And Nicholas and his friends are very interesting. They tackle the bible from a scholarly perspective and I always learn something from every episode.
One thing that seems to be a big controversy is the historicity of Jesus. Did he exist? Before I heard the Skeptic's Testament, I had met another biblical scholar who told me that the consensus among the people who study biblical history is that he did. But he never really explained.
I used to believe that Jesus didn't exist. I know a lot of atheists hold to this belief, and while I don't have the tools to prove them wrong, when it comes to issues that I am not an expert in (most things, actually) I look to see what the consensus is, as that's a pretty good starting point. What do most experts say? We all have to do this in different areas of our lives. That's the nature of being interdependent as social creatures. I defer to my husband when it comes to cars and mechanical things, I listen to my doctor (and maybe get a second opinion) because she knows more than me about the human body, etc. We get to stand on the shoulders of giants.
So after listening to all of the episodes of The Skeptic's Testament, I asked Nicholas if he would mind answering some questions about this issue that is so contentious among atheists, yet pretty much agreed upon by scholars. The following are my initial questions and Nicholas' answers. This is part 1 of 2.
Q: Please introduce yourself. What are your credentials in talking about the bible?
Even though I grew up a Christian attending Church with my grandma as a youngster, it wasn’t until my teens that I began to take religion seriously, which began my fundamental literal approach to the Bible. If nothing else all that Bible reading and apologetic research built endurance. I am half way through a formal degree in Divinity, so in other words I haven’t any credentials worth talking about. Some may find it strange, an atheist taking ministry courses which are a part of MDiv, the only two points I will make about this are many of these subjects are interesting in their own right and many would be utterly surprised at just how skeptical such a course can be. It is so rigid in its skepticism, the disconnect we see between pastor and parishioner on biblical fundamentals, such as ‘who are the authors of the four canonical Gospels’ becomes bewilderingly odd. So I hope to bridge the gap among atheists and Christians alike.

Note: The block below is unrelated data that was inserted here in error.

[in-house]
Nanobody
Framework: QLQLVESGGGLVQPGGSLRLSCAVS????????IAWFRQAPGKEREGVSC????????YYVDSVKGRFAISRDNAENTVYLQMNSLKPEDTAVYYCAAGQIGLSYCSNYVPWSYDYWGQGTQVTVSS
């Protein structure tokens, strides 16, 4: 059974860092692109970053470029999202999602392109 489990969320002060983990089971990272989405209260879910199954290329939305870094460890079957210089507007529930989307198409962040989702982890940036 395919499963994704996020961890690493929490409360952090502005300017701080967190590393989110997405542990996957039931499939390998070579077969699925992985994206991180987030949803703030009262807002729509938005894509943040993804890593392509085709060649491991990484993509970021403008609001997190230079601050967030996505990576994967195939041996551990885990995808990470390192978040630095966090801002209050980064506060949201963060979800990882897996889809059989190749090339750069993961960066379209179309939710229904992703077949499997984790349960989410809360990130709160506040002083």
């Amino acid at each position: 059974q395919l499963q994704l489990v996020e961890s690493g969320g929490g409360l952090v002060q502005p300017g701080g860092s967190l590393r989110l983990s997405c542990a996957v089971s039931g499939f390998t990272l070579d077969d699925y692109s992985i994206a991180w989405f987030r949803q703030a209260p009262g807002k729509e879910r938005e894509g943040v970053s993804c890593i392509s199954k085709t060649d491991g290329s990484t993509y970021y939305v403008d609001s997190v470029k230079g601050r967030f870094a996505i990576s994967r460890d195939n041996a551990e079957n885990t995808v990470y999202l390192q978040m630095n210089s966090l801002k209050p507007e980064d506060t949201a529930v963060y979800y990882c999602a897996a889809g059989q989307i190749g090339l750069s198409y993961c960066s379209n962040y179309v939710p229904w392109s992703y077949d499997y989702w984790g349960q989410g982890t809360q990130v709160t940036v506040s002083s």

Q: In conversations and in listening to your podcast, I've learned that you agree with the critical scholarly consensus that Jesus existed. Can you explain?
The critical scholarly consensus, as you put it, is derived from what is called the ‘Historical Critical Approach (more commonly Method)’ to the books contained in the Bible. It should be appositely termed ‘approach’ due to the numerous methods (too numerous to mention) used to critically examine the books which make up our compendium. Rudolf Bultmann, commonly referred to as the arch skeptic, began in the early 1900’s to create a well-defined split between history and faith, or, a devotional versus critical approach to Bible study. Bultmann was no doubt a Christian and a controversial critic of the Gospel tradition who argues against the historicity of much of the Gospel tradition. He realized how different the outcomes can be when the Bible is no longer viewed through devotional glasses, when Form, Textual, Literary, Source, Canonical and Narrative criticisms are applied, our biases (atheist and Christian alike) can be whittled away. These techniques require a well learned expert who can apply a literary science to our ancient authors whilst incorporating what we know about the ancient world from archaeology and various other forms of historical theory. These are the very same tools used to study the lives of our least and greatest known ancestors who crop up in all forms of ancient human artefact from Homer to the life of Alexander the Great.